Tata offered only US$ 1 for one Mcf of gas, but demanded assured gas supply for 20 25 years as well as all the privileges offered to export-oriented projects. This created suspicions on the Tata investment package that would need 3 trillion cubic feet (TCF) of gas over the life of the three proposed projects. It was also unclear whether they were export-oriented projects. Was the proposal an investment package or a prospectus (like Ashulia or bashundhara Housing Project)?

Tata proposal

The initial Tata proposal comprised of three gas-based projects that envisaged a 2.4-million-ton capacity steel plant (Sponge iron) at Ishurdi, a 1-million-ton per annum capacity fertiliser plant at Chittagong (near Sangu), and a 1000-MW power plant. Later, a 6- million-ton coal project (through open cast mining method) was included. According to the latest amendment by Tata on 30th April 2006, the proposed projects will now require 2.14 TCF of gas and 6 million ton of coal with a guaranteed supply for 20 years (revised downwards to 10 years now!).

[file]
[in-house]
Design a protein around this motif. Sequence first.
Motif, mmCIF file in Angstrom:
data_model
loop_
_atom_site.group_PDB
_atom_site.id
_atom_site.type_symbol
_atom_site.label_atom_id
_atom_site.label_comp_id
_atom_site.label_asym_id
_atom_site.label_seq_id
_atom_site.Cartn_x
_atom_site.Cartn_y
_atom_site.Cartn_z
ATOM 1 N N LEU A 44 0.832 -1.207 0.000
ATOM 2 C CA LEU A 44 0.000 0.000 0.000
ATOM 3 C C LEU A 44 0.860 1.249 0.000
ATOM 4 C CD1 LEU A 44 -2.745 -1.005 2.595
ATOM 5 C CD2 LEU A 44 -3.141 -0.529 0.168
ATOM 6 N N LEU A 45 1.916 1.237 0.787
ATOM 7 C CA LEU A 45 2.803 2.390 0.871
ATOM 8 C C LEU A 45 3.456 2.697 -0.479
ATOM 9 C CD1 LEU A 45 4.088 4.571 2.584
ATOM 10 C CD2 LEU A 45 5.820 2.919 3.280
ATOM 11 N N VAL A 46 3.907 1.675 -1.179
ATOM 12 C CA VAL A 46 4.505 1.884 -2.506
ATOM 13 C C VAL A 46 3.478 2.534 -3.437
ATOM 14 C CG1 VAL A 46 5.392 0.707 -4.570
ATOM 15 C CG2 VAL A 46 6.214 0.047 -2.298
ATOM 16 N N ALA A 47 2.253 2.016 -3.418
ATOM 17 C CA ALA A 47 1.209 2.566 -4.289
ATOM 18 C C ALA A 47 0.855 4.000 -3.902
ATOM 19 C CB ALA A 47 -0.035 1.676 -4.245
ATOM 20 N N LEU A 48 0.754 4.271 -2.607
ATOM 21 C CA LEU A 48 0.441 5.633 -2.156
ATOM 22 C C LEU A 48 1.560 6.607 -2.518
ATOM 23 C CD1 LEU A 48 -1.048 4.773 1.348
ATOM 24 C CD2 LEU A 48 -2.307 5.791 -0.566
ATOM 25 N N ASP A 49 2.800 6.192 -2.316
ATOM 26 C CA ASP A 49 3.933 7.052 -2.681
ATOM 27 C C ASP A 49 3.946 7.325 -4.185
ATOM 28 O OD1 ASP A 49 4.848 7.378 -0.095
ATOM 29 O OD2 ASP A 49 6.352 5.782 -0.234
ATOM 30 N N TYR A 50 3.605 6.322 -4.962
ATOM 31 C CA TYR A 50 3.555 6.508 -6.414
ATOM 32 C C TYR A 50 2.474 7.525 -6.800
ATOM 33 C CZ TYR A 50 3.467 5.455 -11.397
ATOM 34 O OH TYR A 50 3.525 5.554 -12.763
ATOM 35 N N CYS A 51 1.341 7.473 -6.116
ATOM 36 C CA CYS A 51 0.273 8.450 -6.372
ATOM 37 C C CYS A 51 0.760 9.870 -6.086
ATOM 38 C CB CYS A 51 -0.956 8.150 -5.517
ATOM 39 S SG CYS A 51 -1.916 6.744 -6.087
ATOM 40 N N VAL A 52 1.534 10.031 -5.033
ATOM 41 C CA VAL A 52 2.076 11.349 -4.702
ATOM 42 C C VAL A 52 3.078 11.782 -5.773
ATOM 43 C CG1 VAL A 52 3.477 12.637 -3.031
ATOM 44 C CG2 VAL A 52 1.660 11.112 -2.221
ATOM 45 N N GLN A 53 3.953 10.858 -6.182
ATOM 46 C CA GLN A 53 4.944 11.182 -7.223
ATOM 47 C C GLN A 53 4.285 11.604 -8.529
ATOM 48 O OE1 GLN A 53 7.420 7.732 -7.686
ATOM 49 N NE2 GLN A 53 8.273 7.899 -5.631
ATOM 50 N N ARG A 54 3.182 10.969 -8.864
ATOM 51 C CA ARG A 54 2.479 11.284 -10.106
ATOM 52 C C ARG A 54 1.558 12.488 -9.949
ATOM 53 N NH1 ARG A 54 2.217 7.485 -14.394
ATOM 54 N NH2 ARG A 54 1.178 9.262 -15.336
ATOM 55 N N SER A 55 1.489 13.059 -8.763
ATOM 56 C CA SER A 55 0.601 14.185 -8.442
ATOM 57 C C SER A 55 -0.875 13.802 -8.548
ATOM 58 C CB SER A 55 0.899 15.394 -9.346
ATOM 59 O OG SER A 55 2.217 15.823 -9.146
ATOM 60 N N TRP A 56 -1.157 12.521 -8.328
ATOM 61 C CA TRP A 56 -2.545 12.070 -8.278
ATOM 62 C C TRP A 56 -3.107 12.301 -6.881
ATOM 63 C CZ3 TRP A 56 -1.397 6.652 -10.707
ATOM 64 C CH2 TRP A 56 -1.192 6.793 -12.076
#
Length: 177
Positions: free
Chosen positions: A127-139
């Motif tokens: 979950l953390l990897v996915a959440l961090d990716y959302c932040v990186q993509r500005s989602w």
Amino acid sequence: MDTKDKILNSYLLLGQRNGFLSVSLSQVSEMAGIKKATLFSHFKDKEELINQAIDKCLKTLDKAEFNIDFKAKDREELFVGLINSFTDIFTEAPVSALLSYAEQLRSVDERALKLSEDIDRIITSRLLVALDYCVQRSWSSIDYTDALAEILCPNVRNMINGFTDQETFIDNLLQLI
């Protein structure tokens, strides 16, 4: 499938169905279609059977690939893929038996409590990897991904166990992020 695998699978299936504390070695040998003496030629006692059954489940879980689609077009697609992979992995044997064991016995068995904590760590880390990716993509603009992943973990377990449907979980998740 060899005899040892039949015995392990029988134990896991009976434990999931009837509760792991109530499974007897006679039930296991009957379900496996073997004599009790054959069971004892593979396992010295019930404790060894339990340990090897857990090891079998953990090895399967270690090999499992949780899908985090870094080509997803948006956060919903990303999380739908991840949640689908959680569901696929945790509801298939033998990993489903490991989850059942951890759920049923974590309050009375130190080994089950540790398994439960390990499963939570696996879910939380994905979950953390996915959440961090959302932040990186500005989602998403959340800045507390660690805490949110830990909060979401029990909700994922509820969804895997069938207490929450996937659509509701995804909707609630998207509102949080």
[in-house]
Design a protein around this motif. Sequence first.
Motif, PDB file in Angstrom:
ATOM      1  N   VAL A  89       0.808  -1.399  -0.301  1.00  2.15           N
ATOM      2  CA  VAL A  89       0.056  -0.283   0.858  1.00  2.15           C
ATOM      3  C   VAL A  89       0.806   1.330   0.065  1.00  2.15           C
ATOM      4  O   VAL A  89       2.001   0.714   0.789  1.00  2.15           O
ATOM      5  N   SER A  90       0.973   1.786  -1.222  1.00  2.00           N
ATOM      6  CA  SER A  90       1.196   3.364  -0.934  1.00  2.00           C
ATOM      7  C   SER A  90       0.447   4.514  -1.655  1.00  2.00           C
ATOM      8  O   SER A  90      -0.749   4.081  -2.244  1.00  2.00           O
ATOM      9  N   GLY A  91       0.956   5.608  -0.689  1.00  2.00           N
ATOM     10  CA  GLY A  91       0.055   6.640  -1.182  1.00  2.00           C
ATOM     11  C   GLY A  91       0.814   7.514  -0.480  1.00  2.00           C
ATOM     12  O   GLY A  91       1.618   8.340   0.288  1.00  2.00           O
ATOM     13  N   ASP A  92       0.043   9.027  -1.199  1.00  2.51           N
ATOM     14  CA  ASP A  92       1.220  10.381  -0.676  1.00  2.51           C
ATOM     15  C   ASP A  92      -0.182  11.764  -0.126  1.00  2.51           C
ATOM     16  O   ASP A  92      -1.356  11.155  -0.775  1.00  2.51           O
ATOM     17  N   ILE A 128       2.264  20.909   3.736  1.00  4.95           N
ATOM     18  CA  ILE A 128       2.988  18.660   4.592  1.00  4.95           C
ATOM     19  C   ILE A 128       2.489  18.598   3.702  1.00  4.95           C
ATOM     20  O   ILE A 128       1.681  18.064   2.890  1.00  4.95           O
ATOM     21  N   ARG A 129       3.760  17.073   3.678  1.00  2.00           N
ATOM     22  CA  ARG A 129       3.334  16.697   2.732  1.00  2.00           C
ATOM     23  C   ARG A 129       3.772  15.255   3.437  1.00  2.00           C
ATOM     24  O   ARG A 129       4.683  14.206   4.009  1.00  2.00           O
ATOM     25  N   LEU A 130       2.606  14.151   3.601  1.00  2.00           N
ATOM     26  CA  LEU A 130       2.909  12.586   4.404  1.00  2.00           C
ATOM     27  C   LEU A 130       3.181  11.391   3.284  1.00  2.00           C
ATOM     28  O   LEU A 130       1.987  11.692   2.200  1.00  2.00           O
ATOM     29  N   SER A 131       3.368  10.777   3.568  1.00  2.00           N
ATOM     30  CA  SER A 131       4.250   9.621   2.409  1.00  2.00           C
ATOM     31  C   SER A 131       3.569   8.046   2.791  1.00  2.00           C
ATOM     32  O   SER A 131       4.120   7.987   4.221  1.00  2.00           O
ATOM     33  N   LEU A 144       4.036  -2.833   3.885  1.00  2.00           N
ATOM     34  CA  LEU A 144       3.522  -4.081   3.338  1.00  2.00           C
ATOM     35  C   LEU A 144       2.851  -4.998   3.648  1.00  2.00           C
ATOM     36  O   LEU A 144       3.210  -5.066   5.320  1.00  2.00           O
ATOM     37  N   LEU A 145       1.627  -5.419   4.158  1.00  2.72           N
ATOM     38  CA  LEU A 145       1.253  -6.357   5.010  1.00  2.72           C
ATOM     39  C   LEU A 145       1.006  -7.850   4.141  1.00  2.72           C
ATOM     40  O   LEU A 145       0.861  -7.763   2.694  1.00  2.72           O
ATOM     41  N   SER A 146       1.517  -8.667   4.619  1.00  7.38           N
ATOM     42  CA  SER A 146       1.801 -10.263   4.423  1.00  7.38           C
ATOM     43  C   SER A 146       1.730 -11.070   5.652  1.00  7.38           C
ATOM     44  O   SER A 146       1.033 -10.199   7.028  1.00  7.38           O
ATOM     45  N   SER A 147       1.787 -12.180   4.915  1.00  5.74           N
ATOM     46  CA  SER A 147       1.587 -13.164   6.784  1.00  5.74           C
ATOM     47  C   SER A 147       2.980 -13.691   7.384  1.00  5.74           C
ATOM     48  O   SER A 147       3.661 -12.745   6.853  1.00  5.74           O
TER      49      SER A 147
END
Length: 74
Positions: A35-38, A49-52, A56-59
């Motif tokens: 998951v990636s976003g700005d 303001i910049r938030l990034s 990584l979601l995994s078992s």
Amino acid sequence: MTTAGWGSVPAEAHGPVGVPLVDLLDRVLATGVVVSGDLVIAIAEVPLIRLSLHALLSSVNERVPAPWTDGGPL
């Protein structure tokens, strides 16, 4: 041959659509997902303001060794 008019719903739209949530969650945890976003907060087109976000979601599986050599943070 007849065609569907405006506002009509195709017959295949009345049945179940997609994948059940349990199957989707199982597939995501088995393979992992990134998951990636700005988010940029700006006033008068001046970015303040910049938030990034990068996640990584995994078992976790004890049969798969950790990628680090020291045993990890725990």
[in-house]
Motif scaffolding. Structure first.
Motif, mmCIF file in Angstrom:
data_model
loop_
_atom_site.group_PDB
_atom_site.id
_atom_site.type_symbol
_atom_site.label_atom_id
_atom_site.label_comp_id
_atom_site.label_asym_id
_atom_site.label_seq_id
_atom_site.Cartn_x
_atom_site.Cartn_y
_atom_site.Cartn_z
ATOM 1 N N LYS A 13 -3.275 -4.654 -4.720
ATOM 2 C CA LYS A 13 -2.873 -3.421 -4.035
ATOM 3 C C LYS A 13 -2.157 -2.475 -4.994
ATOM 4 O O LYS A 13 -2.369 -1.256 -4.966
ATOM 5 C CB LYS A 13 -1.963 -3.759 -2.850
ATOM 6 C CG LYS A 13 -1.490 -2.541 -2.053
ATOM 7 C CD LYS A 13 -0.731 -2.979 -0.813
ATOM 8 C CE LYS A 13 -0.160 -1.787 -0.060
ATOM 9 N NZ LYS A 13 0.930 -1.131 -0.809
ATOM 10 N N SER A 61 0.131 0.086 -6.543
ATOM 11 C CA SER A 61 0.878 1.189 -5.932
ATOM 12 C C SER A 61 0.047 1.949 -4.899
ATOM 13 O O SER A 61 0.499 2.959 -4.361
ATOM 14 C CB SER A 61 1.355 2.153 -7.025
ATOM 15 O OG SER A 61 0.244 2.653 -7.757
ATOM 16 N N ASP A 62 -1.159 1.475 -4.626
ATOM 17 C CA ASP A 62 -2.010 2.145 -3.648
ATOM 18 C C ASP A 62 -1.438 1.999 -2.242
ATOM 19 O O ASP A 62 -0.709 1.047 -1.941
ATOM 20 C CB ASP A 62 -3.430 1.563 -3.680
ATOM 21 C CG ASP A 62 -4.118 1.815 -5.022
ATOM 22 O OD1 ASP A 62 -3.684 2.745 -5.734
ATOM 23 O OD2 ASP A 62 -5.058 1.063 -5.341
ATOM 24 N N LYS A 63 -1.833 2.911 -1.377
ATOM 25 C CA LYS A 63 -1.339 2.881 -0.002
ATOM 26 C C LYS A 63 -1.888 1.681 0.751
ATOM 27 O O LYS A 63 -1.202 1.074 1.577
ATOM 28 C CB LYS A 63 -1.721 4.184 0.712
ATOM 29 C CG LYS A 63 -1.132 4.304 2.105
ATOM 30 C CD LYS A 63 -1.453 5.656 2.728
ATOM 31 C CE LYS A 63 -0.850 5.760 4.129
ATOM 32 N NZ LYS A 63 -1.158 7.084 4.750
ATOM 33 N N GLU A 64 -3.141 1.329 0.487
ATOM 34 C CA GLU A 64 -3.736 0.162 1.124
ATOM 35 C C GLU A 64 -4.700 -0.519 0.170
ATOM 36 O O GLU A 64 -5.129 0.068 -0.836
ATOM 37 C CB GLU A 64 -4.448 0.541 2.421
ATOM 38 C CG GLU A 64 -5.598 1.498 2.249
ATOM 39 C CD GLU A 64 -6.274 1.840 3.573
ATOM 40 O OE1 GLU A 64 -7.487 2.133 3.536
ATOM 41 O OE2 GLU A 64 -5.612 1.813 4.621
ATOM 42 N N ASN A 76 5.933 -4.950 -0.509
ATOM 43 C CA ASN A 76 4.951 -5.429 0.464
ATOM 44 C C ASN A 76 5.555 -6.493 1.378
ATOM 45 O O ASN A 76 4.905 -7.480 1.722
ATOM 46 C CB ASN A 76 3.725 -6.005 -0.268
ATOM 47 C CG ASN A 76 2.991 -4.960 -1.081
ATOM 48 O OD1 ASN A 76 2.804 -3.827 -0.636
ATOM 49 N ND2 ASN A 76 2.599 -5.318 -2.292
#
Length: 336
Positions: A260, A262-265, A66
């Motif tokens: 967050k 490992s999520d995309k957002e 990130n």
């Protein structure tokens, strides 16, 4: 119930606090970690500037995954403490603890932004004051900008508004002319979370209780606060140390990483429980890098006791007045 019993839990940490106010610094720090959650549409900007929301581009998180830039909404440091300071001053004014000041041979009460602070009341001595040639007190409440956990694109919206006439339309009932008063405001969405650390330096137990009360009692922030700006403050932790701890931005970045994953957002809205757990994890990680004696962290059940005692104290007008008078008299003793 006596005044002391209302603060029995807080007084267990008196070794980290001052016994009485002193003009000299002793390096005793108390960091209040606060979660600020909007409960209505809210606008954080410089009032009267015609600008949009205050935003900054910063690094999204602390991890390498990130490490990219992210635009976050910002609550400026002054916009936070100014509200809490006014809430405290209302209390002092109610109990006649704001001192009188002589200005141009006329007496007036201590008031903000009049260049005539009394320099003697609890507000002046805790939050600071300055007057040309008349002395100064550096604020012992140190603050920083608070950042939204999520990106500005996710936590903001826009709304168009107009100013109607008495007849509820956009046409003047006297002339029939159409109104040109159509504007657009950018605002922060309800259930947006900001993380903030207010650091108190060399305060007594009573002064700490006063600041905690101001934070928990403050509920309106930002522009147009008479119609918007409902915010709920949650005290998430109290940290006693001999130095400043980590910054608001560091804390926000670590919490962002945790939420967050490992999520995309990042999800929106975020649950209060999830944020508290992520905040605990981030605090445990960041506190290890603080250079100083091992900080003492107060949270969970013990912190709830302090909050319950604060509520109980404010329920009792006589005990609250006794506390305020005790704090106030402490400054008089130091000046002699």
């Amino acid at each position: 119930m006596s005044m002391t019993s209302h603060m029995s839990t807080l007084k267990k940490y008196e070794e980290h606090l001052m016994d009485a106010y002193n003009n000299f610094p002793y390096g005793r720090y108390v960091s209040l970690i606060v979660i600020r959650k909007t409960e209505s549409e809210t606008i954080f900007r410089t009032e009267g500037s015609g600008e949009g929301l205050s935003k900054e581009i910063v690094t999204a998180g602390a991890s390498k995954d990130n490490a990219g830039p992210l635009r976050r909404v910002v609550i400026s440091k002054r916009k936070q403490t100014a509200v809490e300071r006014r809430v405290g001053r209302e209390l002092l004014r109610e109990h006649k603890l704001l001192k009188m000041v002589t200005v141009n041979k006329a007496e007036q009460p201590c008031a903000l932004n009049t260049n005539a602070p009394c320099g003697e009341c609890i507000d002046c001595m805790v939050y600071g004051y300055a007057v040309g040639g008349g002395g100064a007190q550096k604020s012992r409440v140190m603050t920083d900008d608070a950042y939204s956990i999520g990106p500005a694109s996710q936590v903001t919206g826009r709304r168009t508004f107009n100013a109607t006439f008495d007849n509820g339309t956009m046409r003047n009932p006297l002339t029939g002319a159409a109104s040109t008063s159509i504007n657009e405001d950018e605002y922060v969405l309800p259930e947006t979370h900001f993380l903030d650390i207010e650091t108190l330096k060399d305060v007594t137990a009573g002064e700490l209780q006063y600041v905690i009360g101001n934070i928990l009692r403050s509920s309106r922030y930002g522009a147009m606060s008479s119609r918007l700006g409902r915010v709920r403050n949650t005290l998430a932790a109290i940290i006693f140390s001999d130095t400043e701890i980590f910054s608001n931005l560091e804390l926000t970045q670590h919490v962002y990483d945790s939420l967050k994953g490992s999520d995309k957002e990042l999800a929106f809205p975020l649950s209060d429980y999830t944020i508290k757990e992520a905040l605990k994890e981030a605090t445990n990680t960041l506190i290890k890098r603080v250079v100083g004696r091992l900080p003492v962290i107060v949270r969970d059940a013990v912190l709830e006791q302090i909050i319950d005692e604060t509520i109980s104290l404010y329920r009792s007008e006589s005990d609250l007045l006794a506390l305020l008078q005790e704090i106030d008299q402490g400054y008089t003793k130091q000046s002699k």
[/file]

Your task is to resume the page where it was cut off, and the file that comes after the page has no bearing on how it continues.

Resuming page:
Time of submission of the proposal

It is intriguing that Tata made the proposal at a time when the law and order situation in the country was deteriorating fast. The government has so far been hesitant to bargain hard with on many issues, particularly on gas pricing and guarantee, fiscal incentives, tax holiday and Barapukuria coal mine lease etc. Many development partners, including the World Bank and ADB, are strongly supporting Tata's proposal.
The likely negative impact of subsidy on gas price has not been raised by BOI. Gas price below the international market price cannot be acceptable for Bangladesh. The international market price for one unit of gas (one thousand cubic feet of gas or 1 Mcf) ranges between US$ 5 to US$ 8

Tata's gas price offer